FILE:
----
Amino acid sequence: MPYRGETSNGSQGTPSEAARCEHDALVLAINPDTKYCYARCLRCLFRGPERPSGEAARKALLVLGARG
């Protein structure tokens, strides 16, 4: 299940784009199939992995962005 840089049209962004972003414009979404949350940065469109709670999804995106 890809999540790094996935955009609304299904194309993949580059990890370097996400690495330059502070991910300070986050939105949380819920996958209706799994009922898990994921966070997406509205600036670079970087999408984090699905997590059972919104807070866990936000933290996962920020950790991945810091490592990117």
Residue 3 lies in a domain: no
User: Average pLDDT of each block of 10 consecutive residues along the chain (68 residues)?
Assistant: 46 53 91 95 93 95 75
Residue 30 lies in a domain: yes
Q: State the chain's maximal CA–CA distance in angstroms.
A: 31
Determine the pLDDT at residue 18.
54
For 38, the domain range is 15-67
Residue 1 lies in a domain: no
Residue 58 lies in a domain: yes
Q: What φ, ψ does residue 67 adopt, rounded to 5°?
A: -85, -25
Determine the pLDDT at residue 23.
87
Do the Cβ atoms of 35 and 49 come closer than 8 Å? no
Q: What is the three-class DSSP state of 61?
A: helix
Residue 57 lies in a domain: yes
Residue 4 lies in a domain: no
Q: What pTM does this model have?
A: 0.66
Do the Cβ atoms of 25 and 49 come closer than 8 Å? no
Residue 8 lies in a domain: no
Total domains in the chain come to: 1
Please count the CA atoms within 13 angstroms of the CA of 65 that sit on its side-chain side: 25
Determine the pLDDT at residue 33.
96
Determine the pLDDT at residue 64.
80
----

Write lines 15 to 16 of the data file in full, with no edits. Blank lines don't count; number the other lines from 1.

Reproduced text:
A: -85, -25
Determine the pLDDT at residue 23.